|Building a compiler variant email@example.com (AngleWyrm) (2004-02-12)|
|Re: Building a compiler variant firstname.lastname@example.org (Lex Spoon) (2004-02-26)|
|Re: Building a compiler variant email@example.com (Bill Cunningham) (2004-05-08)|
|From:||Lex Spoon <firstname.lastname@example.org>|
|Date:||26 Feb 2004 01:10:05 -0500|
|Organization:||Georgia Institute of Technology|
|Posted-Date:||26 Feb 2004 01:10:04 EST|
"AngleWyrm" <email@example.com> writes:
> I want to change the functionality and behavior of a keyword (in
> C++). And to do so probably requires that I make a customized
> compiler. Yes, I know, limited audience ;)
> But nonetheless, the dauntingly humungous bite sounds like it could be fun!
> Can anyone recommend a good starting point for this adventure?
The moderator had a good suggestion.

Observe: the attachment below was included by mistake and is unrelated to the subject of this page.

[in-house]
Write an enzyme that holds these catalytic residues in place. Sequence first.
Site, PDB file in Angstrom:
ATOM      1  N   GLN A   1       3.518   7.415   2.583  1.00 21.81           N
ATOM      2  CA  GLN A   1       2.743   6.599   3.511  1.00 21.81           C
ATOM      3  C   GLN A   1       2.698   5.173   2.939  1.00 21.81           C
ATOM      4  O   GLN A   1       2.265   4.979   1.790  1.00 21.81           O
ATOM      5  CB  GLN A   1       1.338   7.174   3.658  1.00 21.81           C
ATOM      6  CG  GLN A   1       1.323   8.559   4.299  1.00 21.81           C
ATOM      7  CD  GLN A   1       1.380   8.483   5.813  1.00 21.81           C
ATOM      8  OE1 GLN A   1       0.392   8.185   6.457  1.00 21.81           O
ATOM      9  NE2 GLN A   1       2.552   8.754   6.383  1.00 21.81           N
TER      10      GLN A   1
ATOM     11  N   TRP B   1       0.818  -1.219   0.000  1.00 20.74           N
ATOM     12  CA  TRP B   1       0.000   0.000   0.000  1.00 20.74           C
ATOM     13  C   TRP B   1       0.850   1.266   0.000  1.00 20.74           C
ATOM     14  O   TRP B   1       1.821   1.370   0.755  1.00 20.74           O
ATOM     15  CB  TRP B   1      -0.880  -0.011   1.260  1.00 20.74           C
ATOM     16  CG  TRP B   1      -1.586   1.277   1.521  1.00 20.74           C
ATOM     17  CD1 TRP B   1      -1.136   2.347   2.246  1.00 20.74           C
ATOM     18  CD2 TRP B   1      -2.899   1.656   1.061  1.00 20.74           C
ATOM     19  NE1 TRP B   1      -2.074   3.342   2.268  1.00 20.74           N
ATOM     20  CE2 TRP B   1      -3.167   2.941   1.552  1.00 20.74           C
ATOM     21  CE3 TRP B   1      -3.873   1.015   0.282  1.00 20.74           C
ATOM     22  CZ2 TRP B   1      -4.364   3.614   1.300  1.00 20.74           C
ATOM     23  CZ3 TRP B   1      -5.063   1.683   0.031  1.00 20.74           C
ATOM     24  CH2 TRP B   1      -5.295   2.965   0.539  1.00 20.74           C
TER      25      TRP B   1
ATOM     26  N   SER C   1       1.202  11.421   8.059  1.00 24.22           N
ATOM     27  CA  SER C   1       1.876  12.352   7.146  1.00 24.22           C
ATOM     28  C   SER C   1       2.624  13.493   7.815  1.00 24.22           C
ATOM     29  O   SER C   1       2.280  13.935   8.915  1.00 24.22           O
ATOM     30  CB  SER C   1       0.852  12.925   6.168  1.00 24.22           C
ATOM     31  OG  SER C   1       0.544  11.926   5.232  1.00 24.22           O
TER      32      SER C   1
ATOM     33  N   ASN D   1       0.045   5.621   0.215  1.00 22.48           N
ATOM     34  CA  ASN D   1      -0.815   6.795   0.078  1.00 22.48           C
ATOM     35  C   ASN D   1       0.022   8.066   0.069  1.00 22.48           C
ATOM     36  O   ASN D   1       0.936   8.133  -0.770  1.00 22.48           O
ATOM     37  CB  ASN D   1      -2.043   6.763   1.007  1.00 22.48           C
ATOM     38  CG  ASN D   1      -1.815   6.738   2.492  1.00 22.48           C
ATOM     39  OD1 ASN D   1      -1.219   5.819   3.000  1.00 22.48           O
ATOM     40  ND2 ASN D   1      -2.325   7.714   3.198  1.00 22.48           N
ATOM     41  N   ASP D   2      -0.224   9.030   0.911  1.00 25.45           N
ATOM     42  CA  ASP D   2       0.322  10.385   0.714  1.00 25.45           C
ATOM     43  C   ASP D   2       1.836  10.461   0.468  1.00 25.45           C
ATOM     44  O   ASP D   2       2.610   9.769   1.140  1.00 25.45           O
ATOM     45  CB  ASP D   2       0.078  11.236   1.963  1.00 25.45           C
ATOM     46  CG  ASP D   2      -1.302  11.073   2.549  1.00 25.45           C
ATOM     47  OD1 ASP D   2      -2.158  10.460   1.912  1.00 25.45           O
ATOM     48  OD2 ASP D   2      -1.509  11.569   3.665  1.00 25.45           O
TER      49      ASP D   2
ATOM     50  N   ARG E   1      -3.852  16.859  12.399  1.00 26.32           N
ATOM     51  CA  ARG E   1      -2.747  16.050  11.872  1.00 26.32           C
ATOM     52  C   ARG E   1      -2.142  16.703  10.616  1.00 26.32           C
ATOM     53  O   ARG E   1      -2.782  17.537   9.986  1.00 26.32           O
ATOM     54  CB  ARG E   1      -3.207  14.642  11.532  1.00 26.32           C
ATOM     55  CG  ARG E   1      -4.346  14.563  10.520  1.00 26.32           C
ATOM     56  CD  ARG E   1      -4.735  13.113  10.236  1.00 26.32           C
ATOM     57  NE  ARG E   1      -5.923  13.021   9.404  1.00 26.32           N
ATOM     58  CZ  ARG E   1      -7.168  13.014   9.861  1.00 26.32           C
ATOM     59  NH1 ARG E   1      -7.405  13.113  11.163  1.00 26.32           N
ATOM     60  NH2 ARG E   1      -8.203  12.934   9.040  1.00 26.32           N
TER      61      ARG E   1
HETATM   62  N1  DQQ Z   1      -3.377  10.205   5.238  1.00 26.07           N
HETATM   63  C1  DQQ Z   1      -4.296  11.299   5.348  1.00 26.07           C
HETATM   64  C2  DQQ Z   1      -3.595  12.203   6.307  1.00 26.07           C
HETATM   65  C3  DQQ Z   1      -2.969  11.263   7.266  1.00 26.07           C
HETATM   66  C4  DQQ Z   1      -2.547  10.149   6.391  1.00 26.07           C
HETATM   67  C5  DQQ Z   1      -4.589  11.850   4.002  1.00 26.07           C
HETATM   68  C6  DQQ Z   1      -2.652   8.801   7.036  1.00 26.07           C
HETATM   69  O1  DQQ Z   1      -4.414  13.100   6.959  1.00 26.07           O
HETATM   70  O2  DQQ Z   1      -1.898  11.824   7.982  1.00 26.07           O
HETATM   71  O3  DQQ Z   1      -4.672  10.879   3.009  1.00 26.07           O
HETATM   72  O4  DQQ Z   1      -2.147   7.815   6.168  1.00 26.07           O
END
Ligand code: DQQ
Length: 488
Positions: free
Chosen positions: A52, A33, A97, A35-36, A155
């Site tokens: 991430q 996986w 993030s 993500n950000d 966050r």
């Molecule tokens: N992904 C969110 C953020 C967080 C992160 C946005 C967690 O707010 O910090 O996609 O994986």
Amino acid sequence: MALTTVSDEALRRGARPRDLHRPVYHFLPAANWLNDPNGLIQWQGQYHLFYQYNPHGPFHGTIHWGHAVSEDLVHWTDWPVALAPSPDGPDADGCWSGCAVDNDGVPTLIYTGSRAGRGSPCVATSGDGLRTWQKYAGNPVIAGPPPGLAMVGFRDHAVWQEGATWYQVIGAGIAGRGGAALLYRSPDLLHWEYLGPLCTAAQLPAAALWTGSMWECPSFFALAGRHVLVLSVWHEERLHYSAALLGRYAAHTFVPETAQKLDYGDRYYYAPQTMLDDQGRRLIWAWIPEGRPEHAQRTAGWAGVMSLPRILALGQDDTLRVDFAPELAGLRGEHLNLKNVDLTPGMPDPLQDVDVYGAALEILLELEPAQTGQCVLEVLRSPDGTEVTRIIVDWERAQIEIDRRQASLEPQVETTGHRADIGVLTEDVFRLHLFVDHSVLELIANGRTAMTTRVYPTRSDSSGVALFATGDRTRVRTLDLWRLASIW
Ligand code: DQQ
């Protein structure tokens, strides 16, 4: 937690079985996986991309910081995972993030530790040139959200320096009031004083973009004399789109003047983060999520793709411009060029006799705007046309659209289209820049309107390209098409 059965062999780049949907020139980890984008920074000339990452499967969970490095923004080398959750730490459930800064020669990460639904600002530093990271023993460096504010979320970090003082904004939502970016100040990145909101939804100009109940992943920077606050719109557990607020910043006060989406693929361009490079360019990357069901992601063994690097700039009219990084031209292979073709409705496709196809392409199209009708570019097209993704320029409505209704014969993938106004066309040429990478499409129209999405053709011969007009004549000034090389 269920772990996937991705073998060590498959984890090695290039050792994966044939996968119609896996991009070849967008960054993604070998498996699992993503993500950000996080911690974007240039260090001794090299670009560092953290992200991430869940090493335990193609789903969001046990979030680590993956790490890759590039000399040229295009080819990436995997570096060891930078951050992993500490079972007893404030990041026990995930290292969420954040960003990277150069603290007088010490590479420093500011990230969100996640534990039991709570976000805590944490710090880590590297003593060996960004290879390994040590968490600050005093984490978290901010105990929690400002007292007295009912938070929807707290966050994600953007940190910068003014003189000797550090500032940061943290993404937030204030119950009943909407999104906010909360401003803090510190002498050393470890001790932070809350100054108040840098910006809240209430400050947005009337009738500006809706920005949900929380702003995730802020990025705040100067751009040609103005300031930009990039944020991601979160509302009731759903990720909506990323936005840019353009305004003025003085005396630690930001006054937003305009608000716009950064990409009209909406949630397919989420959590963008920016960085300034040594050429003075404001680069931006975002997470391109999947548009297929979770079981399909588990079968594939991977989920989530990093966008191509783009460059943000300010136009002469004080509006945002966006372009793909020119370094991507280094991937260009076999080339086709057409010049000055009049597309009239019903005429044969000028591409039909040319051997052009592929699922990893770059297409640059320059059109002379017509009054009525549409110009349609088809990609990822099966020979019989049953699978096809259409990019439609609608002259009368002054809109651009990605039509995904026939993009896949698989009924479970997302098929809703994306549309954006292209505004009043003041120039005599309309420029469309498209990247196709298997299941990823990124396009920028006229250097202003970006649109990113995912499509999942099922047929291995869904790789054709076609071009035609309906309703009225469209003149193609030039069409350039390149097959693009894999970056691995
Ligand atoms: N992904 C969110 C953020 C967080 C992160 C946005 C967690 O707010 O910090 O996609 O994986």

I might suggest choosing a different basis than C++ for future
projects. In particular, languages like Scheme and Lisp have good
macro systems, which in turn make it quite easy to experiment with
language features. Additionally, any *simple* language would be an
improvement over C++. If you want an OO language, Smalltalk may be
worth looking at; it has something like 6 expression types in the
grammar. You can make radical changes relatively easily. Once you
have figured out exactly what you want the feature to do, then you may
consider coming back and adding it to C++ later.
Also, if you work in C++ you might want to consider abusin--I mean,
*using* the template system and the operator overloading. MacNamara's
FC++ has done some incredible stuff that you would think requires a
preprocessor, so you might want to go take a look at it. By sticking
with templates and operators, you end up with something that can run
anywhere that C++ is available.
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